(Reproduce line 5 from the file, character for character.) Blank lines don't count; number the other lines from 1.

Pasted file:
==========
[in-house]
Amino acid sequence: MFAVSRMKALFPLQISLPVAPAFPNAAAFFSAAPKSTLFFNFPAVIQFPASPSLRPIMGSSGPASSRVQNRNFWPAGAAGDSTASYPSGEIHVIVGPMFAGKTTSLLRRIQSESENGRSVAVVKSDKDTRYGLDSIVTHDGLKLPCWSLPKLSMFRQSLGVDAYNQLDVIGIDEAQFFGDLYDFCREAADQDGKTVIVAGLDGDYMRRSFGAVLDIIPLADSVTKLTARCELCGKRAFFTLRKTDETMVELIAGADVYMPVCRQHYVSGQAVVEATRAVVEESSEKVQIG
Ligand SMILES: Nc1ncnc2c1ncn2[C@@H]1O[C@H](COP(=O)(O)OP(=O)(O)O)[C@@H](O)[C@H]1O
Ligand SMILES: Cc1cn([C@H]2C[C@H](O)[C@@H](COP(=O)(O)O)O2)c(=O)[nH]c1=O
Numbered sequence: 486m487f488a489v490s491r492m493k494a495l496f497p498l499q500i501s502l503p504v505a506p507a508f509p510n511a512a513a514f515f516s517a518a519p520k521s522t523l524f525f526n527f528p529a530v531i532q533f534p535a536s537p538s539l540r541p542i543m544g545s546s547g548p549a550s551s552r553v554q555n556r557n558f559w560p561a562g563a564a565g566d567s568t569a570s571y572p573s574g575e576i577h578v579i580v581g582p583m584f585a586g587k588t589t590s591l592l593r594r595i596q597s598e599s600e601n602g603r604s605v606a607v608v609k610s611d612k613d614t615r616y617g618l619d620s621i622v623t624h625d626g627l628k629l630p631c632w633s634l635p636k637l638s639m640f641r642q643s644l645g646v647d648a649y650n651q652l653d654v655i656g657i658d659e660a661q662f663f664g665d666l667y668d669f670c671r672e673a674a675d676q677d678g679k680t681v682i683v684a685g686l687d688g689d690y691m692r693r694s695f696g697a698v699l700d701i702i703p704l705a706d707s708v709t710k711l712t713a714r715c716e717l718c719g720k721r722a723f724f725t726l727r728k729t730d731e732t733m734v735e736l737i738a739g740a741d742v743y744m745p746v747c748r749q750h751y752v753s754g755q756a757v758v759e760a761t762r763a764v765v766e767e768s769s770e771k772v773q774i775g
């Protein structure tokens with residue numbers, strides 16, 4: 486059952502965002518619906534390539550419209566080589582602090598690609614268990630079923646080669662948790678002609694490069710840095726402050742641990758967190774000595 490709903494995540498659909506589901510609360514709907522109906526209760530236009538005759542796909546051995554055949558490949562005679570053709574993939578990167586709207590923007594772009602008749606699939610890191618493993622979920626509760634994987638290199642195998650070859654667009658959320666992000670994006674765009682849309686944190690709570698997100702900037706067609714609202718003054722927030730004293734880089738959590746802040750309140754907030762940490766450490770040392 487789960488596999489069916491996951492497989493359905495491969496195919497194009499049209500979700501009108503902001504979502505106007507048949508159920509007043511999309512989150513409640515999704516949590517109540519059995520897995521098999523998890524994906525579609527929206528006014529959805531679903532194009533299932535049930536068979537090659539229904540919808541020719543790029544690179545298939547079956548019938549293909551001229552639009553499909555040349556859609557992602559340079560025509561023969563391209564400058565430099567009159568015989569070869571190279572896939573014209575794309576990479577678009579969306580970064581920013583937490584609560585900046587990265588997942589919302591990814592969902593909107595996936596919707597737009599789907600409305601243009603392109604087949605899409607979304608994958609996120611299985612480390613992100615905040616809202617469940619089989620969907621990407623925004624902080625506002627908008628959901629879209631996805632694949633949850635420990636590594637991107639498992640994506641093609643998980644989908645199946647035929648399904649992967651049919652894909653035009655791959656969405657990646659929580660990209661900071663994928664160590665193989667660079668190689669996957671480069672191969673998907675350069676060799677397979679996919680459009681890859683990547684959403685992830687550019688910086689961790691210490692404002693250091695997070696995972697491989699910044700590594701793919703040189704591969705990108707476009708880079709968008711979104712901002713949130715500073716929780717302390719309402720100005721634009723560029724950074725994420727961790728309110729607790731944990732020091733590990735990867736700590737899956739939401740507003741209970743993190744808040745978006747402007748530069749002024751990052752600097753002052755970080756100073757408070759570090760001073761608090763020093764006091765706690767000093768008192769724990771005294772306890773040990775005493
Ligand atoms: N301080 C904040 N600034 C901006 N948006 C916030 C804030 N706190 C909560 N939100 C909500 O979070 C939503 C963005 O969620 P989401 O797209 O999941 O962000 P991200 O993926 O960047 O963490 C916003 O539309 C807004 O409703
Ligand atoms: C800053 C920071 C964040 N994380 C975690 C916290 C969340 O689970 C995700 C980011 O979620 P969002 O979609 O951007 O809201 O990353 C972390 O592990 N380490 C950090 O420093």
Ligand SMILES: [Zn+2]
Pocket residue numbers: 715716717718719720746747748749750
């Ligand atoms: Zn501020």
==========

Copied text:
Numbered sequence: 486m487f488a489v490s491r492m493k494a495l496f497p498l499q500i501s502l503p504v505a506p507a508f509p510n511a512a513a514f515f516s517a518a519p520k521s522t523l524f525f526n527f528p529a530v531i532q533f534p535a536s537p538s539l540r541p542i543m544g545s546s547g548p549a550s551s552r553v554q555n556r557n558f559w560p561a562g563a564a565g566d567s568t569a570s571y572p573s574g575e576i577h578v579i580v581g582p583m584f585a586g587k588t589t590s591l592l593r594r595i596q597s598e599s600e601n602g603r604s605v606a607v608v609k610s611d612k613d614t615r616y617g618l619d620s621i622v623t624h625d626g627l628k629l630p631c632w633s634l635p636k637l638s639m640f641r642q643s644l645g646v647d648a649y650n651q652l653d654v655i656g657i658d659e660a661q662f663f664g665d666l667y668d669f670c671r672e673a674a675d676q677d678g679k680t681v682i683v684a685g686l687d688g689d690y691m692r693r694s695f696g697a698v699l700d701i702i703p704l705a706d707s708v709t710k711l712t713a714r715c716e717l718c719g720k721r722a723f724f725t726l727r728k729t730d731e732t733m734v735e736l737i738a739g740a741d742v743y744m745p746v747c748r749q750h751y752v753s754g755q756a757v758v759e760a761t762r763a764v765v766e767e768s769s770e771k772v773q774i775g